This is in awesome contrast with the incident in John’s Gospel chapter 18 that makes me go cold. Jesus has been arrested by a rabble from the High Priest’s entourage who want him out of the way. All killing had to be validated by Rome, as is made clear by verse 31, when the rabble points out that they have to bring Jesus to Pilate if he is to be killed. They say that his killing is legal, because they have had their own mock trial (ignoring the rules of law) and convicted him. So Pilate has to interrogate Jesus. Then Pilate asks the question: “Are you the King of the Jews?” It is clear that Pilate knows he is being set up by the Jewish rulers. A few years later they actually got rid of him by appealing over his head to Rome, so they and he were not great friends. Moreover, the length he goes to try to have Jesus released afterwards confirms that he just wants Jesus to give the obvious answer, “No, I am not the King of the Jews”. It is not a difficult statement when you are bound, a prisoner and dressed up by Herod Antipas to look silly. When he denied it, Jesus could just be flogged and released as a trouble-maker. To answer, “Yes” would make Jesus the rival to Roman rule and would therefore be an automatic death penalty. Everyone knew that. Indeed, when Jesus asks, “Is that your own idea or did others talk to you about me?” probing why Pilate asked the question, the Roman Prefect moves on from the question, and asks Jesus why he had been handed over, assuming the answer to the question is, “No”. He has heard something of Jesus’ reputation and wants as an aware politician to know why he has been set up like this. Yet, Pilate is forced back by Jesus to the “King of the Jews” question when it could have passed. Jesus then says, “You are right in saying I am a king. In fact for this reason I was born, and for this I came into the world, to testify to the truth. Everyone on the side of truth listens to me.” Aside from what Jesus now says about the truth and what he means by what he says, which we investigate later, the fact that Jesus insists on telling the truth which will necessarily lead to his death suggests a commitment to truth beyond the ordinary. He passes the integrity test without needing to turn up.
Does it stand up?
There are other lines on what is the truth? One is, whether it stands up in life, whether Christians practise what they preach. Actually, of course, those are Christ’s words. “They do not practise what they preach” was spoken against the Temple Party, effectively the Jewish rulers, in the Temple area before the crucifixion in a great dramatic confrontation and has now slipped into common parlance. It summarizes a great issue, especially in politics. Let us listen to this great attack on hypocrisy in Matthew 23 when Jesus is teaching in the Temple area. He paints the picture of what it involves graphically. There is doing things which are good on order to be seen by others and approved of. There is wanting positions of honour and importance and high status, performing for the public when really their lives are more mucky. There is making promises to people and leading them to expect things that are good, but then merely treating them as slaves – using them. There is concentrating on collecting money and wealth and ignoring what the money is for, namely to help others. There is making token gestures but ignoring the issues of substance which really shape people’s lives. There is praising the outstanding and good people of the past, but then ignoring what they really said and did. There is inside and outside – whited sepulphres – gleaming white on the outside, but inside full of dead men’s bones. And, Jesus finally adds, you attack, pursue and even kill good people because they show up the evils that you perpetrate. There was additional edge in the last point, because they were out to kill him. Jesus attacks this hypocrisy, partly because it is a universal problem especially among those who rule and are leaders. So, there is a sense that the truth on the inside and the outside has to be the same. This is Christianity.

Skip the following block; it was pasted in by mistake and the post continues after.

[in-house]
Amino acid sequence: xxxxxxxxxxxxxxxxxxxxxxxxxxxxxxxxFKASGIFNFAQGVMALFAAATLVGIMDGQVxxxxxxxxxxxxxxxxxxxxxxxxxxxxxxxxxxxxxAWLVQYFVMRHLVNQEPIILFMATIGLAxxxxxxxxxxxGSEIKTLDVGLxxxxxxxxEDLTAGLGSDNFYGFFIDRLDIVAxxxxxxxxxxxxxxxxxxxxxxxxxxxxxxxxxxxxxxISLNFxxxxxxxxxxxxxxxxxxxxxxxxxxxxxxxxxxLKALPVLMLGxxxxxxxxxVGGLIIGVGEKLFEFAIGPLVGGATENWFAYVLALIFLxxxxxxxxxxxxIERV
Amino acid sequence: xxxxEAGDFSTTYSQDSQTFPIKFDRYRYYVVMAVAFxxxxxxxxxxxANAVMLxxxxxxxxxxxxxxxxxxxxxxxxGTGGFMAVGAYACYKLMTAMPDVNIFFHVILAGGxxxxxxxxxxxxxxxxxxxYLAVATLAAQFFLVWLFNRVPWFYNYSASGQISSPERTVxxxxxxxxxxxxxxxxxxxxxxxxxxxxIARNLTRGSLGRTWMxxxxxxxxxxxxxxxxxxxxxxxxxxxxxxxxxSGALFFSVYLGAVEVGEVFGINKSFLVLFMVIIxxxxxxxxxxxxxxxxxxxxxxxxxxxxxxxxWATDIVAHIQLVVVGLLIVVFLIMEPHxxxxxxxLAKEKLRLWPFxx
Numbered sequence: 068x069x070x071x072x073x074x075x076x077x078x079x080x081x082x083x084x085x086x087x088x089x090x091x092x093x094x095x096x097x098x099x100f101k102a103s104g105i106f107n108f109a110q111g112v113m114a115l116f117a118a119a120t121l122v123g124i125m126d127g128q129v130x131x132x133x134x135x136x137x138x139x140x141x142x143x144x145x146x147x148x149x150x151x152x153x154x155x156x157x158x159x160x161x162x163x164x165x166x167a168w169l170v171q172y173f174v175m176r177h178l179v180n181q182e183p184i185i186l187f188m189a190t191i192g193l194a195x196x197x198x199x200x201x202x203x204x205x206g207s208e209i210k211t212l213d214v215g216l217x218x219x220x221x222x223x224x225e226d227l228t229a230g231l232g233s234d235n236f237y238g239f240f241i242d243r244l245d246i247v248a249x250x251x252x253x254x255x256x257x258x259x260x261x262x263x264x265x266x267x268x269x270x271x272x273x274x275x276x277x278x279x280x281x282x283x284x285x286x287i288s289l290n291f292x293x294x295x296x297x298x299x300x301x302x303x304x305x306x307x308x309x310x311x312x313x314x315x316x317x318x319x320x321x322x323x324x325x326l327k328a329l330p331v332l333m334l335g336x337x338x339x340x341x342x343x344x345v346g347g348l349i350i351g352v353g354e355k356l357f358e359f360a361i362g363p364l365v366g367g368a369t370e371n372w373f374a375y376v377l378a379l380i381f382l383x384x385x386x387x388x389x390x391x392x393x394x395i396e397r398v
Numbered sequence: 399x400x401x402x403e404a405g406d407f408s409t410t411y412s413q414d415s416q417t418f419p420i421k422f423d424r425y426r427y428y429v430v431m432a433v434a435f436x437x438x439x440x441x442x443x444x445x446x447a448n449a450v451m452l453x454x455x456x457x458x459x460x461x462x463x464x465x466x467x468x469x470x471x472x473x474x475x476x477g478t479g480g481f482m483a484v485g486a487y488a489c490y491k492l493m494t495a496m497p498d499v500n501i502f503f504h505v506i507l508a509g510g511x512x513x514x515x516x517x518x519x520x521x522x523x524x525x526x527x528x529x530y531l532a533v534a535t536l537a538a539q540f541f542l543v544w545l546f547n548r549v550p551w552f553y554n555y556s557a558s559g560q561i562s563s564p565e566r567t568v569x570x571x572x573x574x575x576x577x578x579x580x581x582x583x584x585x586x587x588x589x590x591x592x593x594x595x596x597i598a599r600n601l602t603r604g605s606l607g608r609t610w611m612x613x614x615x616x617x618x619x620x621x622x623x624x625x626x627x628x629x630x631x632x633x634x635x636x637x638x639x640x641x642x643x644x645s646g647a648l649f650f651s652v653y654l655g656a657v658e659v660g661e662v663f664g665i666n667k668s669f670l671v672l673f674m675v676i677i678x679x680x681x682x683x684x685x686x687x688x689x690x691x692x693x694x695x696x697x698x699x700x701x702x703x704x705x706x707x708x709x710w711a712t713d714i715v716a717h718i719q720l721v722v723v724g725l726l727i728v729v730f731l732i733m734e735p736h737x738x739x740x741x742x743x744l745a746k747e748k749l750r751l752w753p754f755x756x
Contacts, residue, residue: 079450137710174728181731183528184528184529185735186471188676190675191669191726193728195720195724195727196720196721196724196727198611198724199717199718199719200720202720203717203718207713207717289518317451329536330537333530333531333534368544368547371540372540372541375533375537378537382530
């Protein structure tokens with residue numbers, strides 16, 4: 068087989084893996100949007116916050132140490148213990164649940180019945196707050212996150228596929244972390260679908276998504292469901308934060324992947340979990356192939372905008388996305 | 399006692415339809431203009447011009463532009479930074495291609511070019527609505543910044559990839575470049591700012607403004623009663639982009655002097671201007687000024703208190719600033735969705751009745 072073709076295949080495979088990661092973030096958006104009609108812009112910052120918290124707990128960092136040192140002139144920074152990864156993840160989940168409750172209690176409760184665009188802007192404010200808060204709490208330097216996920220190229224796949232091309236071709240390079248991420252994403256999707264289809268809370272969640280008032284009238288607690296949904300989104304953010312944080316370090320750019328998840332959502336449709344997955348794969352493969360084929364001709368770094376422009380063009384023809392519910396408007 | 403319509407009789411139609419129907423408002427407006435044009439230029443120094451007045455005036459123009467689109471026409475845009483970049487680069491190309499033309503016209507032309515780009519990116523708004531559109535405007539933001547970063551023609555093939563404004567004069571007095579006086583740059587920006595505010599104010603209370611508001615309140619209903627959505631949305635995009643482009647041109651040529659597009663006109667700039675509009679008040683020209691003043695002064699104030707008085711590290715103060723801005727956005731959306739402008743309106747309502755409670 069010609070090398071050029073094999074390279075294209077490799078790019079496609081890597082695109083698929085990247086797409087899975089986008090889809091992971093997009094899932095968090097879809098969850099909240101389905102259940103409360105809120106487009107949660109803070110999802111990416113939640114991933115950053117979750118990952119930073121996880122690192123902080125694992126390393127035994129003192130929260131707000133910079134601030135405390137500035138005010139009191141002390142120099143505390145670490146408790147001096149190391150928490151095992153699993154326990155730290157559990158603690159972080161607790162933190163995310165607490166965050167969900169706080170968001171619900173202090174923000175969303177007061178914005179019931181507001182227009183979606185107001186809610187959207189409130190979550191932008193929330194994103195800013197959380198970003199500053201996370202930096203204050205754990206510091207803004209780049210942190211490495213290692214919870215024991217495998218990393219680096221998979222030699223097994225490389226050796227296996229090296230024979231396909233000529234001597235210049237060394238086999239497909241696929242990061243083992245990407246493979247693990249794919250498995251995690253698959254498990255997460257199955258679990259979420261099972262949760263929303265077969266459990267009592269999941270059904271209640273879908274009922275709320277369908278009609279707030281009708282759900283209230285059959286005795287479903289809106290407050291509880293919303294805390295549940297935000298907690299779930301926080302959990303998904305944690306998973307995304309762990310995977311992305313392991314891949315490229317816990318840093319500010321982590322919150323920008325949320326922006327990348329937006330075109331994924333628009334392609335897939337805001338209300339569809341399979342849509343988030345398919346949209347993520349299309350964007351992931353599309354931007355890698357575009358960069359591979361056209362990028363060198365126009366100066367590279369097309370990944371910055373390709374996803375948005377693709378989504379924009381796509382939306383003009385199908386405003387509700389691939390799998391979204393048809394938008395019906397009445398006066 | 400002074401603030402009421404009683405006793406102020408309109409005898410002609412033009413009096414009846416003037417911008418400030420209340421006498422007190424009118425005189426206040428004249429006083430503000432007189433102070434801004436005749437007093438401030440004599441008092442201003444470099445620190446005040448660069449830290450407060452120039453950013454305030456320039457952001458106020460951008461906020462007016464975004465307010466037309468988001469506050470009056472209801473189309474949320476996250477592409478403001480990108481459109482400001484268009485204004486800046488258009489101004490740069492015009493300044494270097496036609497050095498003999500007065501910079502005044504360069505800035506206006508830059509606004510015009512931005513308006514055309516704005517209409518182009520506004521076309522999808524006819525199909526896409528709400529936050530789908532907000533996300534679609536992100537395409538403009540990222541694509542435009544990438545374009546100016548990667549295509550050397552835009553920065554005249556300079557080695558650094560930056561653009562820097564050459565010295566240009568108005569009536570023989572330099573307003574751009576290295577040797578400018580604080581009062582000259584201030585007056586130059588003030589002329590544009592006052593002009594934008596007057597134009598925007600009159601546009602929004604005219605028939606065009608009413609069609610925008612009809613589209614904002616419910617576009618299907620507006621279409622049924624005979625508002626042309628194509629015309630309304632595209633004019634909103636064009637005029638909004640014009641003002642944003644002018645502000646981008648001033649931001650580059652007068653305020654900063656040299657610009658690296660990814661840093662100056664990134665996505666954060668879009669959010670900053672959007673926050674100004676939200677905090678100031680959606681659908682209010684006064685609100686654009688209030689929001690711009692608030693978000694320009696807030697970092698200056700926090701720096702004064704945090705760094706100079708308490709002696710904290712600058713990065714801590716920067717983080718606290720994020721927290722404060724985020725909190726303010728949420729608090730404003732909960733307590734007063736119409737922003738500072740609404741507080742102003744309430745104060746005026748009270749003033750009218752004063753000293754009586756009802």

This point has a bigger dimension. More generally he pointed out that the things done in the secret places will be shouted from the housetops. He criticised those who put on a front when they are praying and did it to impress people; it is dishonest and you are far better praying in secret. Truth will out. We now understand this public front point in a new way because the media have an industry exposing public figures and “personalities” who might appear in one way but live in another. They are not true. They do not impress God, nor us, when the truth is out, though some of this exposure can be cruel and all of us tussle with hypocrisy. More than this, Jesus warns, “Not everyone who says to me, ‘Lord, Lord,’ will enter the kingdom of heaven, but only the one who does the will of my Father who is in heaven.” (Matthew 7:21) Those going through the motions, who did not mean what they acted, were false friends, not real Christians. So, basically, God sees us as we are. We have no possibility of putting on a front for God and therefore we have to be what we are and all pretense is pointless. With God everything is true on God’s terms. Thus, when Jesus says, “Let your ‘Yes’ be ‘Yes’ and your ‘No’, ‘No’. Anything more than that comes from the devil” he is underlining this necessary straightness before God. So, in Christ’s teachings in the Gospels there is a fairly clear requirement that Christians hold together word and act, appearance and actual living, and cut out hypocrisy. We Christians should all be working on that, for the Lord sees the heart. The little kid standing up in church should not find hypocrisy there.
The Big Four.